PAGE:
Frustration and Consumer Evaluation of Search Advertising and Search Engine Effectiveness: The Case of Hedonic versus Utilitarian Product

Article excerpt

ABSTRACT

The purpose of this paper is to investigate the role of frustration in online search endeavors. The research applies precepts from frustration theory to investigate the nature of search goals for hedonic vs. utilitarian product and the moderating influence of encountered frustration during online searches on attitude toward keyword search advertising (A^sub Ad^), attitude toward searched brand (A^sub brand^), purchase intention (PI), and attitude toward search engine effectiveness. An experiment with a pretest was conducted. The results of the pretest suggest that hedonic product searches associate with the goal of finding relevant search results, while utilitarian product searches relate to time saving. The findings of the experiment indicate that the influence of hedonic vs. utilitarian search on A^sub Ad^ and search engine effectiveness is moderated by the level of frustration. The present research contributes to the substantive and conceptual domains of frustration theory, Internet search advertisements, search engine effectiveness, and electronic commerce.

Keywords: frustration, flow theory, keyword search advertising, attitude toward search ad, search engine effectiveness

1. Introduction

Due to the increasing popularity of search engine and its special appeal for small to medium firms with niche markets, businesses and advertisers start to use search advertising to promote their products or services. According to Search Engine Marketing Professional Organization (SEMPO), advertisers in North America spent about $13.5 billion dollars on search engine marketing (SEM) in 2008 and the Northern American SEM expenditure will reach $26 billion dollars by 2013. The two top objectives of paid placement programs among advertisers are to increase brand awareness and to sell products, services, and contents directly online [SEMPO 2008]. In addition, over 50% of Internet browsers use a search engine every few days and search engines generate more traffic to commercial sites with product and price information than other online search methods [Sen et al. 2006, Feng et al. 2007]. Because of search advertising's potential for greater return on investment relative to other forms of advertising [Burns 2005] as well as its increasing market share in online advertising, there is a great need to have a clearer understanding of search engine effectiveness [ Marketing Week 2008, Chen et al. 2009].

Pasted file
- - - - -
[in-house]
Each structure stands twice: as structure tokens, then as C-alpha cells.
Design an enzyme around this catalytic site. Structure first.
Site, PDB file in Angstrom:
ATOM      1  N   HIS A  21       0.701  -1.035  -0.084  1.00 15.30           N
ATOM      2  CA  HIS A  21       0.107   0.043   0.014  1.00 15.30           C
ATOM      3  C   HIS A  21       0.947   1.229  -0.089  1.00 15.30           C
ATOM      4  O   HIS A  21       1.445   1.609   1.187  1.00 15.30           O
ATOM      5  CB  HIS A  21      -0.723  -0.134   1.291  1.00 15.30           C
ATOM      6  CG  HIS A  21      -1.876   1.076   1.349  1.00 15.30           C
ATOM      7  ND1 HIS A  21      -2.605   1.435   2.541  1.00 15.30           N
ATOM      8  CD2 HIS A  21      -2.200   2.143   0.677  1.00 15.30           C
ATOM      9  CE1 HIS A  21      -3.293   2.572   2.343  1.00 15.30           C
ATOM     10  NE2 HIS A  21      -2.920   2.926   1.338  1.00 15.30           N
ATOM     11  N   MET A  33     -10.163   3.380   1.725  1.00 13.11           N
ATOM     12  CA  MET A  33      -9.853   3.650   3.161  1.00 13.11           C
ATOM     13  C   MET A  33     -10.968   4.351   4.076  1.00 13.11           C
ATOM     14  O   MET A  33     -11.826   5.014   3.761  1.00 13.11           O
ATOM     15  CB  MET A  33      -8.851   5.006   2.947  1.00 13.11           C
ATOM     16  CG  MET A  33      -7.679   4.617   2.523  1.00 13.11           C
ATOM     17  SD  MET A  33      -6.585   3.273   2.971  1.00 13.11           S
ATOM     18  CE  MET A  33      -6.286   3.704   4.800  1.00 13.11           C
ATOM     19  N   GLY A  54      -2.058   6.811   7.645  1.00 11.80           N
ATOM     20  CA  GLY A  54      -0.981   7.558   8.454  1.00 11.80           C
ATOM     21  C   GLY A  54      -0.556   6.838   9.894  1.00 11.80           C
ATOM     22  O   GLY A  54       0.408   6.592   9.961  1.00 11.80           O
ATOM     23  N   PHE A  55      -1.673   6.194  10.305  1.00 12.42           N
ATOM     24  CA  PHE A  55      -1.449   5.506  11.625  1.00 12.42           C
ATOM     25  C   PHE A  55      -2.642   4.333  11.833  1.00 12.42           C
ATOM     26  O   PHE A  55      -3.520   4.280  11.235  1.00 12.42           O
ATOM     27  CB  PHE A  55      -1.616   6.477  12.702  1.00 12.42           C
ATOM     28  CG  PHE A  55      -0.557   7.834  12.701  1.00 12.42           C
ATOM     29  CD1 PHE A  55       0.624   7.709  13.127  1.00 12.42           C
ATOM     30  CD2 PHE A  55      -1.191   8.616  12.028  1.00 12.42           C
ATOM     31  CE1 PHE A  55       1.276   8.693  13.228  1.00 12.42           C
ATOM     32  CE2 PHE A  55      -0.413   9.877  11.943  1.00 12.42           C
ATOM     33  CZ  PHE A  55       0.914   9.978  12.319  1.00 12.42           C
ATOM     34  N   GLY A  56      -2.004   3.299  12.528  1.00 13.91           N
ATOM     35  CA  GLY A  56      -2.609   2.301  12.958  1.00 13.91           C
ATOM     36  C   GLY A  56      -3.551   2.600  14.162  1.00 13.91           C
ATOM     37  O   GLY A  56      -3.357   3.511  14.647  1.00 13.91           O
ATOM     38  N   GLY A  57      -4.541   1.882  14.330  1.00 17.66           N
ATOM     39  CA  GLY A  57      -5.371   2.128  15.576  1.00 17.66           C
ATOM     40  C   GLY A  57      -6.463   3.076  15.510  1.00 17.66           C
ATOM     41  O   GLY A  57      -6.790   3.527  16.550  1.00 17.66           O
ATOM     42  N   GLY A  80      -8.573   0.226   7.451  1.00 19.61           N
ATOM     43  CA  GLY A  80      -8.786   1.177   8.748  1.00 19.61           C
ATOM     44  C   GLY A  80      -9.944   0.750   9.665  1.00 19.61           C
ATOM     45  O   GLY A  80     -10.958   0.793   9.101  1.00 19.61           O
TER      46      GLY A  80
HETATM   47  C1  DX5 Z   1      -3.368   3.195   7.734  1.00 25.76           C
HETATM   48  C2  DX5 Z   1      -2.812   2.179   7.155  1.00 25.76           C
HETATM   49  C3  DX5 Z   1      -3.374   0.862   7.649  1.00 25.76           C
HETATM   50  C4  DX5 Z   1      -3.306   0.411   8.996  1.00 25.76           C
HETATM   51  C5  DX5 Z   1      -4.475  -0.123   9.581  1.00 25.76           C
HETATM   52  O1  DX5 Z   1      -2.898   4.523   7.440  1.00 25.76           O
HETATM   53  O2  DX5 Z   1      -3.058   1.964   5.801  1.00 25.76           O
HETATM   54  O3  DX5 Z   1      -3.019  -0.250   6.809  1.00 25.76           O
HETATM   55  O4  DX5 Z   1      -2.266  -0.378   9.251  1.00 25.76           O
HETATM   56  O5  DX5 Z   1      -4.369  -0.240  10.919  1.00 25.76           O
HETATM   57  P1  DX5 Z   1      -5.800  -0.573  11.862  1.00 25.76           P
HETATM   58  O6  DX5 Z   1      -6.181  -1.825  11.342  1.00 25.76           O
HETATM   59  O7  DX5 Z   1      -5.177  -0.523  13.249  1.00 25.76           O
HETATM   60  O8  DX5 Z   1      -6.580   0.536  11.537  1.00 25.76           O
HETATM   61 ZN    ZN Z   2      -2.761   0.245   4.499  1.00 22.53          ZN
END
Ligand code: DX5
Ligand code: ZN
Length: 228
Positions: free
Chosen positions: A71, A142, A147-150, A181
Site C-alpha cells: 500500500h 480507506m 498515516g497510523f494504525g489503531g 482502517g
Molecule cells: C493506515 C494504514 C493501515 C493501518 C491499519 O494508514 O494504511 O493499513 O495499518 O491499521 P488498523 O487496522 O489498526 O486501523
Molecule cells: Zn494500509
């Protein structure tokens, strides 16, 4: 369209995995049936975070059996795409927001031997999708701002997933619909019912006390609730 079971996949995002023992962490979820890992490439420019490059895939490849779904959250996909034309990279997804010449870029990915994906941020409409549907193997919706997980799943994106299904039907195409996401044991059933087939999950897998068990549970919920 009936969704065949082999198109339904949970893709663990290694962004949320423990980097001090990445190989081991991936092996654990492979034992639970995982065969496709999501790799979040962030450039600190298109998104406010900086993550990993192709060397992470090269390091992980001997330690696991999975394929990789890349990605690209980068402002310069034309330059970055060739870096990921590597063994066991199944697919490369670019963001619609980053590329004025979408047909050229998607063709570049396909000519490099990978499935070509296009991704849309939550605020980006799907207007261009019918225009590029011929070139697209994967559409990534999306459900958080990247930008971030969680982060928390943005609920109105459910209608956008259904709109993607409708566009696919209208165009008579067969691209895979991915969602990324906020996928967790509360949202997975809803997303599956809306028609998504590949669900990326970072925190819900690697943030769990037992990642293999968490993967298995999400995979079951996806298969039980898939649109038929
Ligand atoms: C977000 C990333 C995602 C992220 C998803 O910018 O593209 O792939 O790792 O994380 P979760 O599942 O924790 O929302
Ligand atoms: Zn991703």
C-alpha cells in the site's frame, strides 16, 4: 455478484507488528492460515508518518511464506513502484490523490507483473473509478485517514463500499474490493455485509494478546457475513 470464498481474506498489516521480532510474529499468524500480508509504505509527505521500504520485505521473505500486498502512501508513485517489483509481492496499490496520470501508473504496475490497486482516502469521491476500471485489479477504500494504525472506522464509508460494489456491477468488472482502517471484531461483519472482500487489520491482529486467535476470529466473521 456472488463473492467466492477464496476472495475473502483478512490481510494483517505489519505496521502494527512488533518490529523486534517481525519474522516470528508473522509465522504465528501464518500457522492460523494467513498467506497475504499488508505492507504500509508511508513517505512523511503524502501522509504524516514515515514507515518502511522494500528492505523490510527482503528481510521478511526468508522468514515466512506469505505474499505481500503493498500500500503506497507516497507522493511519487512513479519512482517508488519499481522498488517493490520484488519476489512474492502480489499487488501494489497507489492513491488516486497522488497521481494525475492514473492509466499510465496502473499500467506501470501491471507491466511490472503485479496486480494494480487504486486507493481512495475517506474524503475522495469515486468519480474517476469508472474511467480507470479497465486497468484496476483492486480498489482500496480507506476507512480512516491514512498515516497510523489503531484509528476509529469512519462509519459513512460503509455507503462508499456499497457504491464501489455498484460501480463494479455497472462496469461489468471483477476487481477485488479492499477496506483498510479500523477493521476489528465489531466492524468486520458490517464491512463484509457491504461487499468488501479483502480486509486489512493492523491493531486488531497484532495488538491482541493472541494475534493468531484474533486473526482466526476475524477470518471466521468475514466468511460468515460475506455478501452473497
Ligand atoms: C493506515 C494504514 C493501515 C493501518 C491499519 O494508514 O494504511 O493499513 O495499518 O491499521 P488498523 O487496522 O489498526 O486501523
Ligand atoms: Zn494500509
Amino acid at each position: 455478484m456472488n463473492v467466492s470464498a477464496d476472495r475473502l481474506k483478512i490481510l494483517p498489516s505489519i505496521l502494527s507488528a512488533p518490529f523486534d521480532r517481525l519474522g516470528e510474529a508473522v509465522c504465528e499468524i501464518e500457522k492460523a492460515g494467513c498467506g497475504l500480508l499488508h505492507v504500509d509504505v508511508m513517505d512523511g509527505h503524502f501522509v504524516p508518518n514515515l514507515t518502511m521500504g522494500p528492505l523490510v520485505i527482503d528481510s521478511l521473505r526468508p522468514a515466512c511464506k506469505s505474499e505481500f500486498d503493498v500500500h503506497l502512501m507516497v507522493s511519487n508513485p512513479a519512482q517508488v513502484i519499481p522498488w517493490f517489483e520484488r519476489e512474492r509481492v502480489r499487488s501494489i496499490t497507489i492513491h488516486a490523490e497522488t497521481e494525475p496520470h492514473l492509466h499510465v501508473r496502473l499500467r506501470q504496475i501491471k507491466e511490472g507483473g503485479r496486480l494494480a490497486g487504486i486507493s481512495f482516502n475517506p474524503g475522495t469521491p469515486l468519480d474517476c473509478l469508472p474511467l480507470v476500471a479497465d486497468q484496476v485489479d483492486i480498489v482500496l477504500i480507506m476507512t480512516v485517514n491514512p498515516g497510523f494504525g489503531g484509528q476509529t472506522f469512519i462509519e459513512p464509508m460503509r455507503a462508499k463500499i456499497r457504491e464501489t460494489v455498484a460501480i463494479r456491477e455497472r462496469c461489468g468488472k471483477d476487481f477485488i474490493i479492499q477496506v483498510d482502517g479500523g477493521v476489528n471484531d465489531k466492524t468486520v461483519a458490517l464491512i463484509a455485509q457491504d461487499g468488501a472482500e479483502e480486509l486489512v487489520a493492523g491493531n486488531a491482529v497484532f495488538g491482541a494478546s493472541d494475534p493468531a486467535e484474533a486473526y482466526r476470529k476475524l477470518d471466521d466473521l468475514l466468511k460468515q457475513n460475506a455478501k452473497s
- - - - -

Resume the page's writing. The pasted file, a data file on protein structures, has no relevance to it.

Consumers expect to find relevant information when they use search engines, and they hardly go beyond the top 30 listings for a single keyword search [Sen 2005, Sen et al. 2011]. Although search engines intend to match the consumers' search with the online sellers' offerings, there are concerns about the negative impact of a poor match between expectations and the output list of the search engine [Su 2008]. It is even frustrating for many Internet surfers to search the web due to the potential confusion or inaccuracy caused by the heterogeneous commerce related terms [Spink & Jansen 2008]. Therefore, it is critical to the online sellers to evaluate the effectiveness of search engines and develop search engine marketing strategies to improve the possibility of match between their offerings and the expectations of consumers, as well as to promote targeted access to their commercial websites [Sen 2005, Spink & Jansen 2008, Su 2008]. In addition, search engines as a transformation agent influence the business environment in a tremendous way, and it is important to better understand their effectiveness in the cause of changes [Rangaswamy et al. 2009].

Furthermore, flow theory has been extensively utilized to examine the positive online search experience and relevant attitudinal and behavioral constructs [Korzaan 2003, Mathwick & Rigdon 2004, Hoffman & Novak 2009]. Although negative emotions incurred during the online keyword search could have a critical influence on attitude toward the product and website, as well as attitude toward sponsored links, little research to date has been conducted to investigate how web searchers handle encountered frustrations [Campbell & Wright 2008, Lin & Hung 2009]. …